I meant time varying fields present in the circuit loop. Time varying fields on the interior of the inductor is modeled by circuit theory, w/o the need to consider fields. The Lewin paper explicitly stated the field inside the circuit loop, not that on the interior of an inductor. Did you read the paper by Dr. Lewin?
As far as a cap having " no net charge", this is very semantical. "Charge" as used by the science community implies "differential". An "uncharged cap" has lots of charge, but zero difference. A "charged cap" has the same total absolute charge but is displaced forming a differential. If you define "net charge" as total charge on both plates, then of course there is no "net charge" in either case, energized or not.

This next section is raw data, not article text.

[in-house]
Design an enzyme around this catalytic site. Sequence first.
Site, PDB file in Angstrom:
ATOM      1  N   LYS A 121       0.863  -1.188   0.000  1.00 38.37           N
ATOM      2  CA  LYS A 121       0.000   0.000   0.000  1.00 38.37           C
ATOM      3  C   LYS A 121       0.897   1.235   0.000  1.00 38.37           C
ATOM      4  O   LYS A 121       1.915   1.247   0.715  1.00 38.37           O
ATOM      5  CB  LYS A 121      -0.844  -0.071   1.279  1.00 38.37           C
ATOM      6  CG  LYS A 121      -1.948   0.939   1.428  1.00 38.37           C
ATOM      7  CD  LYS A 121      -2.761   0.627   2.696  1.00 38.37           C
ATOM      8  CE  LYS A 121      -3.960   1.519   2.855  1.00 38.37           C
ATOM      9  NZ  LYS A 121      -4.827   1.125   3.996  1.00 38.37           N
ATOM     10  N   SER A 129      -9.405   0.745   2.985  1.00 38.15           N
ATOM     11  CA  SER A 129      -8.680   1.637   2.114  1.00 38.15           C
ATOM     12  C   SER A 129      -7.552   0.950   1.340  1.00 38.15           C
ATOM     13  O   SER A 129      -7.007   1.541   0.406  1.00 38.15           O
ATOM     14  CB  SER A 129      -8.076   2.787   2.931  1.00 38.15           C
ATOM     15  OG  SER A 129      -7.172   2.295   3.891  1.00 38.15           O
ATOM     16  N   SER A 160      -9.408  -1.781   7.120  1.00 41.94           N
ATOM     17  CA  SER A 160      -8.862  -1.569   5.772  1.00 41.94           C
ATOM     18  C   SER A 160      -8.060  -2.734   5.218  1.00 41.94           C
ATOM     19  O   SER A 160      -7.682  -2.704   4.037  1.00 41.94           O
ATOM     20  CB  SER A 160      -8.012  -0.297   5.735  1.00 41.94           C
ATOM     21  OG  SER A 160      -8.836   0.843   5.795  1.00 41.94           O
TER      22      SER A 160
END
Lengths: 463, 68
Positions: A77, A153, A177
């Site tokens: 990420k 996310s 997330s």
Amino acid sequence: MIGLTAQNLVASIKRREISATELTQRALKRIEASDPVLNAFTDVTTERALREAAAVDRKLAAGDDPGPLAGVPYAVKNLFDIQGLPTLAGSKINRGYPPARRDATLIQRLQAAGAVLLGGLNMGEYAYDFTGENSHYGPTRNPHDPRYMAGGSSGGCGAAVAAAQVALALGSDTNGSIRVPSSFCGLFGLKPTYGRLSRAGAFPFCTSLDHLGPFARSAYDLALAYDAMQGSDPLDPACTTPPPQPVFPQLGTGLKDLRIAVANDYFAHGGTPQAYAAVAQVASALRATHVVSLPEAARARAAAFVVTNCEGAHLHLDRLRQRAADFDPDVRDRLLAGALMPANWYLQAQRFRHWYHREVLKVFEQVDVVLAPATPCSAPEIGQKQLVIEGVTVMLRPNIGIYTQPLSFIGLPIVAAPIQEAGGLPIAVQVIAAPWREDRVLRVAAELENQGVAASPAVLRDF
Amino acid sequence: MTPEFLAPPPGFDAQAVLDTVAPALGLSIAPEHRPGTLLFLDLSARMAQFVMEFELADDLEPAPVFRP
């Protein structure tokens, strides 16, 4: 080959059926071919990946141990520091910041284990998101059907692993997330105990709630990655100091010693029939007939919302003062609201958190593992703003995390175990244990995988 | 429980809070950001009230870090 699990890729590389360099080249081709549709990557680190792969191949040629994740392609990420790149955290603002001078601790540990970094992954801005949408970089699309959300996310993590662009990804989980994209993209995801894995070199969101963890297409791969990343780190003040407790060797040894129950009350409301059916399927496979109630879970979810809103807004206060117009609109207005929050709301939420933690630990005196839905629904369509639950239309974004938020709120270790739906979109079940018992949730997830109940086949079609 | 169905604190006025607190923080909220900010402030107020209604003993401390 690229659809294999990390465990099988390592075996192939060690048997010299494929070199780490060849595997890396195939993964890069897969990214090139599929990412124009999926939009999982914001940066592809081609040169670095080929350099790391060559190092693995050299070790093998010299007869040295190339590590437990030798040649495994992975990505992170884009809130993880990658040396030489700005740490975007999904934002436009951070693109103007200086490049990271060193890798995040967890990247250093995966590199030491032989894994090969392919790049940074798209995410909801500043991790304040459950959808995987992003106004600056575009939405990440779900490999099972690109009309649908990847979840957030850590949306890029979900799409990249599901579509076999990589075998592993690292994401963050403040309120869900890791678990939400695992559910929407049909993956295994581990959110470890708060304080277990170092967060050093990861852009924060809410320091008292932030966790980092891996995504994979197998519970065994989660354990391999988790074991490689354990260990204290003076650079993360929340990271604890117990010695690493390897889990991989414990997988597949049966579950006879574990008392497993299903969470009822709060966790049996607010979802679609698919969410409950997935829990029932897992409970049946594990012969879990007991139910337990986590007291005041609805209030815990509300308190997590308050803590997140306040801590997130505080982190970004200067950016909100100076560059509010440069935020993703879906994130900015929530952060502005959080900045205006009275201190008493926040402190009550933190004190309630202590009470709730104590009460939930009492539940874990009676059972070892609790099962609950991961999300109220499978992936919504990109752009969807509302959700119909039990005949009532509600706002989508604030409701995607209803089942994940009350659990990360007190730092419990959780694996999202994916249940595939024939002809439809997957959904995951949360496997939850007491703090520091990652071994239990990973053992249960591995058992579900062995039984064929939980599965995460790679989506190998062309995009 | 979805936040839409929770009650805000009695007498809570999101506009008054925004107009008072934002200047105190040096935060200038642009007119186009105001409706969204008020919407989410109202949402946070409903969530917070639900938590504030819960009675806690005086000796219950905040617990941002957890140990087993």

Whan I say "charge" in ref to a cap, I infer the differential quantity, not the absolute total which you define as "net charge".
Dr. Lewin is correct on all counts. He simply illustrated how non-conservative fields differ from conservative. You're trying to look for reasons to poke holes in his case by bringing in arbitrary arguments based on your own semantics. In the final analysis Dr. Lewin states the following.
1) With conservative E fields, KVL holds, & the potential from a to b is independent of the path.
2) With non-conservative E fields, KVL does not hold, & the potential from a to b is dependent on the path.
Introducing hyperbole does not alter this basic tenet. Is there any issue with the above 2 statements?